Sunday, 30 October 2011

31st Sunday in Ordinary Time, Year A, Shaftesbury

on Mt 23:1-12
One of the cattiest insults that can be hurled at us is the accusation that we, that you or that I, are "two-faced". That what I say to one person is not the same as what I say to someone else. That I pretend to some people to be one thing, and I pretend to other people to be something else. And, of course, one way of being two-faced is being a hypocrite -not living out the beliefs that I pretend to. Hypocrisy is something that the Lord condemned very frequently, as we just heard an example.

The opposite of being two-faced is being one-faced. Having one face, my real face. And this one face being the same face that I show to everyone. It is the same face because it is the face that reveals the same real me.
To achieve that, my life needs to be a consistent unity. I must be the same person in everything that I do. I can't pretend to be one kind of person when I'm doing one thing, or with one group of people, and really be something else.
Which means that I must strive to possess the virtue of integrity.

To consider for a moment what that would look like in practice:
Although I must be the same person in everything that I do, this doesn’t mean that I cannot do different things. I can be the same consistent person and still act differently in different situations. In a hospital I must be able to rejoice with the mother of a new baby, and still be able, the next minute, to be sad with someone who has just lost a loved relative, and, yet I must also be the same person who enjoys a drink in the pub.

I can do different thing in different places, as the need calls for. But I am still called to be the same person in all the different things that I do.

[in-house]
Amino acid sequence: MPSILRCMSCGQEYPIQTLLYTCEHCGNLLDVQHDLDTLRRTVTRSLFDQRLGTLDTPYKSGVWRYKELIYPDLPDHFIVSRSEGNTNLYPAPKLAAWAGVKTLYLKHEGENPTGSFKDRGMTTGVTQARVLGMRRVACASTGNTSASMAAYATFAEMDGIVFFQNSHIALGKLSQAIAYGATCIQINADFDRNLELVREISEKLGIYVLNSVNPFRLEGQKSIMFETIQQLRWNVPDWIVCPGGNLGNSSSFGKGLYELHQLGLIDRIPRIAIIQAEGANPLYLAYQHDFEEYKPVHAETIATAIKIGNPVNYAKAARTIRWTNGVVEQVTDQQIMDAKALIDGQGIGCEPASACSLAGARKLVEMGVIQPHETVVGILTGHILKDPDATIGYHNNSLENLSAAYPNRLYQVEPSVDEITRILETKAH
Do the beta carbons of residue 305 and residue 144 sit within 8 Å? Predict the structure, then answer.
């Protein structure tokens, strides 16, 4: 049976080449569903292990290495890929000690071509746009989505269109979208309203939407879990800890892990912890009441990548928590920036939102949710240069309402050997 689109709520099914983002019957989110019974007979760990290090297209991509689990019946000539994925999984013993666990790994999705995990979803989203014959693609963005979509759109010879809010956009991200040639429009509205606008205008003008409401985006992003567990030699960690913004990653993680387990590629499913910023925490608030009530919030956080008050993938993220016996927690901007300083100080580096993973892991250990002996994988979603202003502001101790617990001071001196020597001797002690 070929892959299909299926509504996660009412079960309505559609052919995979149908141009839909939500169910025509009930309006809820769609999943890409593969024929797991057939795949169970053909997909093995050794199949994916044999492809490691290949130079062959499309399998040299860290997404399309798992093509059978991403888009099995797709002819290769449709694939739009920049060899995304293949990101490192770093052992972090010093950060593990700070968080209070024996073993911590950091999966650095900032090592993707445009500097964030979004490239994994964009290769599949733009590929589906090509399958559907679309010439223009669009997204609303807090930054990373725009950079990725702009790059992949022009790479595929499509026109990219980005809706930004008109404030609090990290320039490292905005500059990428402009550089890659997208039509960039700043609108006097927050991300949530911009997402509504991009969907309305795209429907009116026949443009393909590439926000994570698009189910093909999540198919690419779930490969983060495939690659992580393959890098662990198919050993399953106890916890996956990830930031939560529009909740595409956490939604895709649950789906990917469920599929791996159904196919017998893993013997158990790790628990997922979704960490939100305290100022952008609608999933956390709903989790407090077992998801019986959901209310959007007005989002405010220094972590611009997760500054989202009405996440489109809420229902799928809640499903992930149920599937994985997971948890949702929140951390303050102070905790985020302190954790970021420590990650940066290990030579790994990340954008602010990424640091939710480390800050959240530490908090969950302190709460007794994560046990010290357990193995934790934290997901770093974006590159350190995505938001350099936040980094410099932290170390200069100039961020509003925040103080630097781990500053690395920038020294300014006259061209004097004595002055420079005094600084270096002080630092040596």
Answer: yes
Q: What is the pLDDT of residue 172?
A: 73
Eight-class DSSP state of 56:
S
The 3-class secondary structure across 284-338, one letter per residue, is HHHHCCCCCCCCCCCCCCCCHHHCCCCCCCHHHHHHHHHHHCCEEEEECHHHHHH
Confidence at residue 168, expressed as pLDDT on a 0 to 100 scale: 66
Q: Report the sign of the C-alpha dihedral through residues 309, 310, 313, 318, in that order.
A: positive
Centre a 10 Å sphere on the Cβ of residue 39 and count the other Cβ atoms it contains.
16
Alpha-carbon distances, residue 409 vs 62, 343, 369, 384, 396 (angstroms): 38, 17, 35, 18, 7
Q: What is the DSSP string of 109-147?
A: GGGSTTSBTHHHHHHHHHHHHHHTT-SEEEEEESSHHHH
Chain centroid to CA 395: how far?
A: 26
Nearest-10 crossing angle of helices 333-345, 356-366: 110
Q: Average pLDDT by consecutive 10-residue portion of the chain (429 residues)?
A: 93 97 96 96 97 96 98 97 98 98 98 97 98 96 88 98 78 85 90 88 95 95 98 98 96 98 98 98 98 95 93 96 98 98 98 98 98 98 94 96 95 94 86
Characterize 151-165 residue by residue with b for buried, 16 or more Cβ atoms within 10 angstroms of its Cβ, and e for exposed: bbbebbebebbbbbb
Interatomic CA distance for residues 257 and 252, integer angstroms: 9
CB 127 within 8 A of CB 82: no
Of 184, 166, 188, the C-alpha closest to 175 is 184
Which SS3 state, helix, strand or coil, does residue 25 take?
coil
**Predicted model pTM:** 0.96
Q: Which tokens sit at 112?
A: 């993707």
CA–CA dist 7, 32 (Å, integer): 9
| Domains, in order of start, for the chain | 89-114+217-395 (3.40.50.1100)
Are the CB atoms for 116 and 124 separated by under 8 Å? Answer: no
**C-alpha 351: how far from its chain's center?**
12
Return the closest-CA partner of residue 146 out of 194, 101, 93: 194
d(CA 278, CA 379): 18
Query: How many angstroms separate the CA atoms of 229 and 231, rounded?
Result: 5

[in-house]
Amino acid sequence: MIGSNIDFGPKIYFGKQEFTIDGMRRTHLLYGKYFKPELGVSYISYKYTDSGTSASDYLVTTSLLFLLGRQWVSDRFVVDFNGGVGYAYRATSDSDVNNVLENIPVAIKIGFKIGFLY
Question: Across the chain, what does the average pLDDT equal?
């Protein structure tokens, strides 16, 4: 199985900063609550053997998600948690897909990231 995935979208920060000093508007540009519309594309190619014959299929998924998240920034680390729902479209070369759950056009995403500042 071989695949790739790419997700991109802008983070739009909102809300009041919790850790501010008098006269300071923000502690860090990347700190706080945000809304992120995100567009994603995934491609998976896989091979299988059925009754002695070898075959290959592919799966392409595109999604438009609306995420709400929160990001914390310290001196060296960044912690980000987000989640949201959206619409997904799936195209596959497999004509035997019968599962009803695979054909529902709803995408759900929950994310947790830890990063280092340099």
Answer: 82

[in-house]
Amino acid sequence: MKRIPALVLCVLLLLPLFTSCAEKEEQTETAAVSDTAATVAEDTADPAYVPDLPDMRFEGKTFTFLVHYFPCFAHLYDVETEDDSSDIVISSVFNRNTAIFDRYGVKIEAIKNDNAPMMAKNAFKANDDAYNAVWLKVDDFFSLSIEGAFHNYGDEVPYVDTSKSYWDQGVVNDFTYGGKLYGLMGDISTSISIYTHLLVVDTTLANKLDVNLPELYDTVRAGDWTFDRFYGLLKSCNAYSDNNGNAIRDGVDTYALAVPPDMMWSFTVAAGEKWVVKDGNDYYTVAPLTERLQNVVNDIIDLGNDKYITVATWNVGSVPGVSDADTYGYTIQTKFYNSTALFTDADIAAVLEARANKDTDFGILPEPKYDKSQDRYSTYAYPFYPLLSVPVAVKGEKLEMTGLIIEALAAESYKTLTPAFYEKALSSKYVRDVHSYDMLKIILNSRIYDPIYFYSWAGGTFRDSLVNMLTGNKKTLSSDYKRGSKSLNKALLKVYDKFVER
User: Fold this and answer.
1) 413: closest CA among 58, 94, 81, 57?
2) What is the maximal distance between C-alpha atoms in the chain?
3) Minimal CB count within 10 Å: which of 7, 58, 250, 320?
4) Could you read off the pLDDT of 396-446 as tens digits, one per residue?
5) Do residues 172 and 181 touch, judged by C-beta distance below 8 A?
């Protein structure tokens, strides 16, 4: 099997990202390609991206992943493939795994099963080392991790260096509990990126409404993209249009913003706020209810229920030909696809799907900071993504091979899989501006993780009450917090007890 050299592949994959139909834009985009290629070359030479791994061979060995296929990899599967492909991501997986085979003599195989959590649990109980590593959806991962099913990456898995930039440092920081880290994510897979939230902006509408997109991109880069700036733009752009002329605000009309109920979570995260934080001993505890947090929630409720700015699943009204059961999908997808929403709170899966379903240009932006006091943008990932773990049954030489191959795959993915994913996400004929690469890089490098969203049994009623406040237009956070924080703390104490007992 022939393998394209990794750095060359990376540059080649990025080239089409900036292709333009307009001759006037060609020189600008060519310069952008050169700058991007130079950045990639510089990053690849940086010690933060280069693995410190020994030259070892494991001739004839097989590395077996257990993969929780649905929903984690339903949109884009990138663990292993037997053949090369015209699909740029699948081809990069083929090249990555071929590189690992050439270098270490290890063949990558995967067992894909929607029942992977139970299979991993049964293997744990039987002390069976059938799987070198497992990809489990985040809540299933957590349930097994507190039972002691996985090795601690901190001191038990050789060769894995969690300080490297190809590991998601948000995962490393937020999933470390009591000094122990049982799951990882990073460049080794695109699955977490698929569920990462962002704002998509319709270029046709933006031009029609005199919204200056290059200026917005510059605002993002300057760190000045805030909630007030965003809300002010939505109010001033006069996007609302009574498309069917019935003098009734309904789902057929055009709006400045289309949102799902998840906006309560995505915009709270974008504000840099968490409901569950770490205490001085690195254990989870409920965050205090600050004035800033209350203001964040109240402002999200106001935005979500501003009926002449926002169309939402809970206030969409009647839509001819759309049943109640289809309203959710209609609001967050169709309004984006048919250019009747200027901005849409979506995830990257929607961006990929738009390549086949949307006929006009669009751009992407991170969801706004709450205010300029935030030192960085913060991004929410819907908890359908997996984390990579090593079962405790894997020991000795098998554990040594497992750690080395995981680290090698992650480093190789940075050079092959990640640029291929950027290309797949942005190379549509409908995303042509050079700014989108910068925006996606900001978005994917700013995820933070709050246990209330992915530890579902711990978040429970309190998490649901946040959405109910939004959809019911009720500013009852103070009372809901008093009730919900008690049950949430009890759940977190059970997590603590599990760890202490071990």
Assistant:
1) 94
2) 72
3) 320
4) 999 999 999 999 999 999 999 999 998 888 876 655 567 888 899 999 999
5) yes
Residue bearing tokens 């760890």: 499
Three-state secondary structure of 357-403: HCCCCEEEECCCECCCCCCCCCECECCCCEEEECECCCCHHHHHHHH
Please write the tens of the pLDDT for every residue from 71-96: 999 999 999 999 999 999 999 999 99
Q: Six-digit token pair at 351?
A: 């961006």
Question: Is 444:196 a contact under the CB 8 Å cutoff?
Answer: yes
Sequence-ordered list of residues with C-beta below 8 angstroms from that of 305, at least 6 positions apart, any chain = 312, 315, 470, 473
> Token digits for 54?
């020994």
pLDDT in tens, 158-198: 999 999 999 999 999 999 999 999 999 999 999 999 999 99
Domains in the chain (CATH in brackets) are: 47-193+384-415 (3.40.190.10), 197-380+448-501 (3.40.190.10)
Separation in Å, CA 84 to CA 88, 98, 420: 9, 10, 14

I am called to be a WHOLE person.
The alternative is to have a split personality, one face on Sunday, another face the rest of the week. To be a person that is made up of several conflicting parts that only just about hang together. And in as much as that it true of us it produces internal conflict. Conflict arising from the different needs of the different personalities within me. It produces stress. Stress that arises from our insincerity, our lack of integrity.
So, being insincere is bad for us.

Conversely, by seeking sincerity, I am not only obeying our Lord's command to practice what I preach, I am also acting for my own good.
When I am consistently the same person, rather than several different people inside me, then I will be naturally rewarded with peace of soul. The kind of internal peace that was enjoyed by Jesus Christ, and by the Blessed Virgin Mary. Peace that results from the absence of sin. Peace that results from the absence of hypocrisy, from not being two-faced.

This internal peace is a gift that we can only receive from Jesus Christ. As He said to His disciples, "Peace I leave you, my own peace I give you, a peace which the world cannot give"(Jn 14:27). The peace of Jesus comes with the gift of His grace. Grace which makes us a whole united person. Which binds together the conflicting parts within us. Making us one person, with one face.

So, in as much as we feel that conflict within us, feel that being a different person with different people, let us bring our dividedness to the Lord, let us ask for His grace to help us practice what we preach, to be people of integrity, people with one face, not two.

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